The only thing certain about a Texas divorce is that no two cases are exactly the same. When a married couple has children, they must resolve numerous child custody issues to finalize their settlement. In some cases, the court determines that it would be best for the kids in question to live in a shared custody arrangement with both parents.
If one parent accuses the other of substance abuse or domestic violence, the court will consider the evidence submitted to support the accusation. If it is credible, it is less likely that the judge overseeing the case would rule in favor of shared custody. In such situations, the court might order supervised visitation only for the parent with alcohol or drug abuse problems, or may bar visitation altogether, either temporarily or permanently.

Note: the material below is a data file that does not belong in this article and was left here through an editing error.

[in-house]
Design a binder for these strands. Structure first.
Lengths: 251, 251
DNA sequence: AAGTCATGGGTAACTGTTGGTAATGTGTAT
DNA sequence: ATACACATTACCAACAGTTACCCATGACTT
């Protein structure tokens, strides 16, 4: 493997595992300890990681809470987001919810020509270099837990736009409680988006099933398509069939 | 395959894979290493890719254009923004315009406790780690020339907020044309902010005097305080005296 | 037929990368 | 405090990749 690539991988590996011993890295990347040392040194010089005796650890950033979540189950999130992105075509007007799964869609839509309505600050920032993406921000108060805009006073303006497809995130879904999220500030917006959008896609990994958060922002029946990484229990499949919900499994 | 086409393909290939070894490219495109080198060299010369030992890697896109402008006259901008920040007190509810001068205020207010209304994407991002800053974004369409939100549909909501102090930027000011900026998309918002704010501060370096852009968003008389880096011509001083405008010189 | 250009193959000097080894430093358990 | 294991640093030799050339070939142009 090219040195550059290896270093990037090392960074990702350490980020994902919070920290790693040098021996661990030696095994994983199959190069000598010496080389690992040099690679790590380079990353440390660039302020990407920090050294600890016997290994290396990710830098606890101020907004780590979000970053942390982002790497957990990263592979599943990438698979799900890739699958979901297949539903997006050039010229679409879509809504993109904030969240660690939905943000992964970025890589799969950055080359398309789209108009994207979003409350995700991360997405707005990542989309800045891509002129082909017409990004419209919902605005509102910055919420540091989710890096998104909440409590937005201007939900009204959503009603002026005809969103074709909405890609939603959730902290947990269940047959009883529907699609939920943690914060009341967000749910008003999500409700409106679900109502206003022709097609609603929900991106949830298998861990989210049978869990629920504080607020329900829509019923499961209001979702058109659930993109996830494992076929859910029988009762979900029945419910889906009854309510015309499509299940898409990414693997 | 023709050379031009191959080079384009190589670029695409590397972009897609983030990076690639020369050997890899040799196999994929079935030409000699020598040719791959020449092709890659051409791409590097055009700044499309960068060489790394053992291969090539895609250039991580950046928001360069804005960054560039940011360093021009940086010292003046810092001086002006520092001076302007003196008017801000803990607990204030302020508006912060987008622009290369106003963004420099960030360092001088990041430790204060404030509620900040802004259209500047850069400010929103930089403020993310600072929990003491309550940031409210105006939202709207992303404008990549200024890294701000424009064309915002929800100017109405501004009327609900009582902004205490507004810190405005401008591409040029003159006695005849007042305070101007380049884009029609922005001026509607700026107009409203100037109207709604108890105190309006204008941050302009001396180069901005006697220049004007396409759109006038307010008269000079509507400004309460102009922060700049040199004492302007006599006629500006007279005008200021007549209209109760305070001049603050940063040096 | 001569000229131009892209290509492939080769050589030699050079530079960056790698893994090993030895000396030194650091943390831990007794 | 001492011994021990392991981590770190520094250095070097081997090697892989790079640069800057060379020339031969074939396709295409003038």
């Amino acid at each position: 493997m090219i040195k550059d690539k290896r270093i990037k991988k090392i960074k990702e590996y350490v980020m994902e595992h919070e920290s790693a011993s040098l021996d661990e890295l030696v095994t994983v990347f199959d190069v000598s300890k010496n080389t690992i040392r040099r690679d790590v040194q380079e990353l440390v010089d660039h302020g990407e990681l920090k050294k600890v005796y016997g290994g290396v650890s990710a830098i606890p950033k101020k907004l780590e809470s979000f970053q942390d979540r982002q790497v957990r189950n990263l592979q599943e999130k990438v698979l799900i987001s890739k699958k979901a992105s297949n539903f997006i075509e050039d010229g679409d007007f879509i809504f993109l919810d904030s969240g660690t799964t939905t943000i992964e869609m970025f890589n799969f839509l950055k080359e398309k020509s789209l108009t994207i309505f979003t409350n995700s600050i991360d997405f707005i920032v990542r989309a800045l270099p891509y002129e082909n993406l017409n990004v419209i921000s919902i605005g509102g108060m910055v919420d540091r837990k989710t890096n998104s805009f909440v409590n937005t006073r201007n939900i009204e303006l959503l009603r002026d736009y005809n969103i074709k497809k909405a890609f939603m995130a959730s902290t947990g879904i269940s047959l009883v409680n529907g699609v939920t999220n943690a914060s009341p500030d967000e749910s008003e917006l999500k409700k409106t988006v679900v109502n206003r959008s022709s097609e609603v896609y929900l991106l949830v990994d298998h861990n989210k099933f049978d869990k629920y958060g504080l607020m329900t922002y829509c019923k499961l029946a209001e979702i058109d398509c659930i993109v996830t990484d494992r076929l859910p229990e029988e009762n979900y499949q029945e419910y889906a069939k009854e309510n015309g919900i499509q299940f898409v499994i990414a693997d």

If there are no issues that would place children at risk, the court would likely approve a joint custody agreement. This is typically the best means for helping children cope with divorce. Both parents must agree to work as a team and to try to avoid confrontation in order to peacefully co-parent with one another.
Texas co-parents who have shared custody can minimize stress by keeping clear lines of communication open at all times. They will also avoid speaking negatively about each other, especially within hearing distance of their children. If a particular child custody issue is preventing parents from achieving a settlement or has arisen after a divorce was finalized, a concerned parent may seek additional support by requesting a meeting with an experienced family law attorney.